2016 Hyundai Tucson First Look
Small Crossover Gets A Big Upgrade
Although the current Hyundai Tucson has only been out since the 2010 model year, within just a few years, it has started to look a little dated. This is not any fault of its own but rather the hyper-competitive compact crossover segment, which, in the time since the Tucson was introduced, is now populated with an all-new Ford Escape, the Mazda CX-5, a redesigned Toyota RAV4, and Honda CR-V. Hyundai knew if it hoped to make any major impact in this cutthroat segment, it had better bring its A-game, and by all indications, it has with the 2016 Tucson.
Taking the LEDLED lighting in cars is nothing earth-shatteringly new, but with each new model introduction, we see its use expand into more mass-market segments. The new Tucson utilizes the high-tech illumination liberally, with available LED headlights, headlight accents, running lights, taillights and interior lighting. Further emphasizing the new Tucson’s upscale ambitions are an available power passenger seat and a much more premium interior, with greater use of soft-touch materials, a standard 5-inch touchscreen display, and an optional 8-inch display on models with navigation. The new larger display also features integrated Pandora audio streaming, Yelp reviews, and Apple Siri Eyes-Free functionality for iPhone users. The top-shelf audio system features 405 watts and eight speakers. The new display also now features a split screen function simultaneously showing map and audio information.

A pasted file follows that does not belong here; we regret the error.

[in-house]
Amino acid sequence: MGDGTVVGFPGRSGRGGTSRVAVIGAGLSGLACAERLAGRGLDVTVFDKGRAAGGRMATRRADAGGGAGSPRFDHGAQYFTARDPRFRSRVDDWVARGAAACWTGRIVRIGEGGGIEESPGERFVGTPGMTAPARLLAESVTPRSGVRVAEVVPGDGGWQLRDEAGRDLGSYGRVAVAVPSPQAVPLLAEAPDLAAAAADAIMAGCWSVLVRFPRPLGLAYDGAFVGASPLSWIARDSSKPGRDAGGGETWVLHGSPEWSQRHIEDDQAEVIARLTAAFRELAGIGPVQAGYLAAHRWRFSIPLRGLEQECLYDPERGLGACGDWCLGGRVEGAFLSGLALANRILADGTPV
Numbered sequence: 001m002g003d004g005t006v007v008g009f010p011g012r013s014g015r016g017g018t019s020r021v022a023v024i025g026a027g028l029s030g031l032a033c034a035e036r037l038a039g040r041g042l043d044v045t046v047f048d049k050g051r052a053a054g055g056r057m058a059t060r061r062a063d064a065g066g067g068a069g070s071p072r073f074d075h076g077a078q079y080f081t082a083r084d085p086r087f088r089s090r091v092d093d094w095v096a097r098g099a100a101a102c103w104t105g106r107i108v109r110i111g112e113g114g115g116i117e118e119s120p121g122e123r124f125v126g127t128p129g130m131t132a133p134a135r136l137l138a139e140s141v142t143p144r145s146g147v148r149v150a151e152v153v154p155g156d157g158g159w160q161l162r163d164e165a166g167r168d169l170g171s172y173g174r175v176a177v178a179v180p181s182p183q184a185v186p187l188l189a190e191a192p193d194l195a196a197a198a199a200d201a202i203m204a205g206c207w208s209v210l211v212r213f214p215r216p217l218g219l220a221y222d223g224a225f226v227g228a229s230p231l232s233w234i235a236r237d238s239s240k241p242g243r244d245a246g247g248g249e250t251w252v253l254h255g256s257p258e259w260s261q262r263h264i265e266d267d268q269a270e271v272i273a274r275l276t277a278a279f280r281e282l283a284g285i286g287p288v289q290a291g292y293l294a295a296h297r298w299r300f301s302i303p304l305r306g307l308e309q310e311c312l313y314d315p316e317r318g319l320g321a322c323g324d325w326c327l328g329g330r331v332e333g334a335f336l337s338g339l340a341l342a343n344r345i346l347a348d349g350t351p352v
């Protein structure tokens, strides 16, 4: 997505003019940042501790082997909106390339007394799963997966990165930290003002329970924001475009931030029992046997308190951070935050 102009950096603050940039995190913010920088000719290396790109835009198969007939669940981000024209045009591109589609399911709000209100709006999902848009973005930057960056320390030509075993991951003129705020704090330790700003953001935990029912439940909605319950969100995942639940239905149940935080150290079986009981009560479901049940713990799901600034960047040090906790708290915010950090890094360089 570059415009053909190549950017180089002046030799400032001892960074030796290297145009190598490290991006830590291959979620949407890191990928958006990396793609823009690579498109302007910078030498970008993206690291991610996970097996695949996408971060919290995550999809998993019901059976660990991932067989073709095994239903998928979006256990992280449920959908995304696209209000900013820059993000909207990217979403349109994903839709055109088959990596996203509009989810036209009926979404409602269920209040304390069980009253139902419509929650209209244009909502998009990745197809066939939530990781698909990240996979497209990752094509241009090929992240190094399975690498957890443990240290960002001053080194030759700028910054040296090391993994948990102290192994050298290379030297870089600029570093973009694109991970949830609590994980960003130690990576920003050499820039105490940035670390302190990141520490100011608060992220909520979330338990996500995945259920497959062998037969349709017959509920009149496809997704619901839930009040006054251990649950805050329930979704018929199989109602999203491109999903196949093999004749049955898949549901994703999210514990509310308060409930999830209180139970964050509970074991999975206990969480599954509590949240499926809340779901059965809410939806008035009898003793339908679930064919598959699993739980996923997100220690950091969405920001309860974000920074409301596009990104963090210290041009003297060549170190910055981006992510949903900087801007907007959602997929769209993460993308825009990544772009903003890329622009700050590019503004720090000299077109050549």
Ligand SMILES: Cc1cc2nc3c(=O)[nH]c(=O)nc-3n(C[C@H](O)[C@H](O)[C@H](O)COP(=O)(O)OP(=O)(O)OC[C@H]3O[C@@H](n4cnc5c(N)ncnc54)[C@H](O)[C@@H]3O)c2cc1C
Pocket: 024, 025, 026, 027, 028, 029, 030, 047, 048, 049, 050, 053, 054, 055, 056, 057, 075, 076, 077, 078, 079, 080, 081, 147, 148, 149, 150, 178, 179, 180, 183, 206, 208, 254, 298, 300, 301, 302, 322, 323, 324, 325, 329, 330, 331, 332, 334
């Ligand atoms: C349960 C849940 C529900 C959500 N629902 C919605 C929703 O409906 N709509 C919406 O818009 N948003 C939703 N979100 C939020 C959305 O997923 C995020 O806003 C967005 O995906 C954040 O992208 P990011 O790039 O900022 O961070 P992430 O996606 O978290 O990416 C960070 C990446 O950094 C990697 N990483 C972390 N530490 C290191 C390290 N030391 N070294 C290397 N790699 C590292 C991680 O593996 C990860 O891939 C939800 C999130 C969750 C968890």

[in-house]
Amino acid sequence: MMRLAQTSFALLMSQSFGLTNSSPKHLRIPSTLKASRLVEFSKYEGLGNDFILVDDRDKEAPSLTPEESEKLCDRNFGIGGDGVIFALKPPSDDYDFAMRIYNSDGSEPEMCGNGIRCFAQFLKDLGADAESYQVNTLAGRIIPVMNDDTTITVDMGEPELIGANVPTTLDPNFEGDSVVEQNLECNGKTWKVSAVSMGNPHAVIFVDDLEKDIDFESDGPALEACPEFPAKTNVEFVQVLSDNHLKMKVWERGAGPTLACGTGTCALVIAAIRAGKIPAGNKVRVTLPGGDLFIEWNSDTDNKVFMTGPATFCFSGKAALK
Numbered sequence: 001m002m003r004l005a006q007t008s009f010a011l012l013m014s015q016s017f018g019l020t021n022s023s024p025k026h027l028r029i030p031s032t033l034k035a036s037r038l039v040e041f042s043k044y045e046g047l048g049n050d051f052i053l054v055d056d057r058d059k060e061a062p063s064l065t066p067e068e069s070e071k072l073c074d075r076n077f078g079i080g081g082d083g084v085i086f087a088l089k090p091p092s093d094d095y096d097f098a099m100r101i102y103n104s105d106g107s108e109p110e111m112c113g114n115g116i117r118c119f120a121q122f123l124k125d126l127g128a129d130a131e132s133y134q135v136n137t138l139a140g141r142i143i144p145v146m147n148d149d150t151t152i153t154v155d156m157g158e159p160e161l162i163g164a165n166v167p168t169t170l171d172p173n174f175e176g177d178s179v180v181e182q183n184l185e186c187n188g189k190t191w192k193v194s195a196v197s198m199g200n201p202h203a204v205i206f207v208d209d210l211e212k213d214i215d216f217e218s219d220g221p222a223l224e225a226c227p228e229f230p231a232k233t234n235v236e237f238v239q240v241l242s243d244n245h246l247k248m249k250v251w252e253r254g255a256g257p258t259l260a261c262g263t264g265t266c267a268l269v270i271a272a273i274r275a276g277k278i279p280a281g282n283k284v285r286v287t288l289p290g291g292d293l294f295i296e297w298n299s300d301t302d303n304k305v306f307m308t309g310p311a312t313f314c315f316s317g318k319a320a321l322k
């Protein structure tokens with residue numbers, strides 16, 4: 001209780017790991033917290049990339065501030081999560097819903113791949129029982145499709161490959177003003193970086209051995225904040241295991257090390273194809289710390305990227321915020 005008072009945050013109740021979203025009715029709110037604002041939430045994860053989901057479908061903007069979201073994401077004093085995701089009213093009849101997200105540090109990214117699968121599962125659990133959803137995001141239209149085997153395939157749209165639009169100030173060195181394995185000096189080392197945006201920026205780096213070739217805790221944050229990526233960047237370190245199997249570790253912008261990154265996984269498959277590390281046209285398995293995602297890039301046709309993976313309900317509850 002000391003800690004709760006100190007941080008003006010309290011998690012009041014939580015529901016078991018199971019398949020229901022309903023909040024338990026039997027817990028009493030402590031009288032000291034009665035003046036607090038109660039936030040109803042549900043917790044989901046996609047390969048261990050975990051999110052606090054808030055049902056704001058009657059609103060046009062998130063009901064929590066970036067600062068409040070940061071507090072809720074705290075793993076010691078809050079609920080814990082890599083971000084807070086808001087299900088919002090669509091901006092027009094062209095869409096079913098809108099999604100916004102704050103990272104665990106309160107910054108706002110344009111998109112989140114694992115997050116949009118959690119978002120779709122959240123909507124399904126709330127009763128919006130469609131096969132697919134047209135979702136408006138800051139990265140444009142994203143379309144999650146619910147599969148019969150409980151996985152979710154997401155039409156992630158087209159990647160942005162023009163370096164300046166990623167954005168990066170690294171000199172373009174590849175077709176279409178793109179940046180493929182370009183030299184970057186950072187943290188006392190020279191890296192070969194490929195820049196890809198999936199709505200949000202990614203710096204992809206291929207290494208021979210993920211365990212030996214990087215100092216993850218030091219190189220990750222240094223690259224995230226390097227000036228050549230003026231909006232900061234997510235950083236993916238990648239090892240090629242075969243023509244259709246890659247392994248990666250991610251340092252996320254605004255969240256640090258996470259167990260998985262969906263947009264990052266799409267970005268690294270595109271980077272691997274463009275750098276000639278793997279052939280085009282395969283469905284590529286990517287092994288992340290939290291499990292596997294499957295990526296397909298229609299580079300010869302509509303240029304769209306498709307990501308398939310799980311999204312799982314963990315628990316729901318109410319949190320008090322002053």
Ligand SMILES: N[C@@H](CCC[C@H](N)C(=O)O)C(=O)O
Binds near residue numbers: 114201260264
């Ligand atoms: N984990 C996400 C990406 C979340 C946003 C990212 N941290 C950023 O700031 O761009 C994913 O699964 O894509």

Strategic use of acoustic foam, high-strength steel, and bushing-mounted crossmembers increases chassis stiffness as well as reducing road and resonance noise. Although reducing weight is an increasingly major priority for many automakers, the new Tucson is slightly heavier than its predecessor but not grossly so, with weight increasing between 5 and 50 pounds, depending on trim, which a reasonable gain considering the significantly higher level of equipment and content on the new model.
Underhood, the base 164 hp, 151–lb-ft 2.0L I-4 engine carries over, with enhancements to improve fuel economy, mated to a six-speed automatic transmission. The new Eco, Sport, and Limited models get a 1.6L turbocharged, direct-injected I-4 making 175 hp and 195 lb-ft of torque, mated to a seven-speed dual-clutch transmission. On the Eco front-wheel-drive model, the new powertrain is expected to deliver 26 mpg city and 33 mpg highway. The fuel tank is now 1.1 gallons larger for a total capacity of 16.4 gallons. Helping aid in fuel efficiency is a sleeker 0.33 coefficient of drag (Cd).
Safety FirstAs it is in most SUVs and crossovers, safety is a big priority in the new Tucson, with available automatic emergency braking with pedestrian detection, lane departure warning, blind spot detection, rear cross-traffic alert, backup warning sensors, and backup camera. On models equipped with the automatic braking feature, Hyundai expects to earn a TSP+ rating from the Insurance Institute for Highway Safety.
The 2016 Tucson is slightly larger than its predecessor in nearly every measure but is still firmly in the compact size of the spectrum, with an overall length of 176.2 inches, an increase of three over last year’s model, and a 1.2-inch longer wheelbase. Width also increases by about one inch. The larger size translates to a 5 cubic foot larger cargo area, now with a 31 cubic foot capacity. Getting to that cargo area is now easier than ever thanks to Hyundai’s available hands-free power liftgate, which only requires the driver to stand within proximity of the rear tailgate for a few moments with the key fob in their pocket or purse.
The 2016 Tucson will be in dealerships starting in July 2015. Pricing will be announced closer to its on-sale date.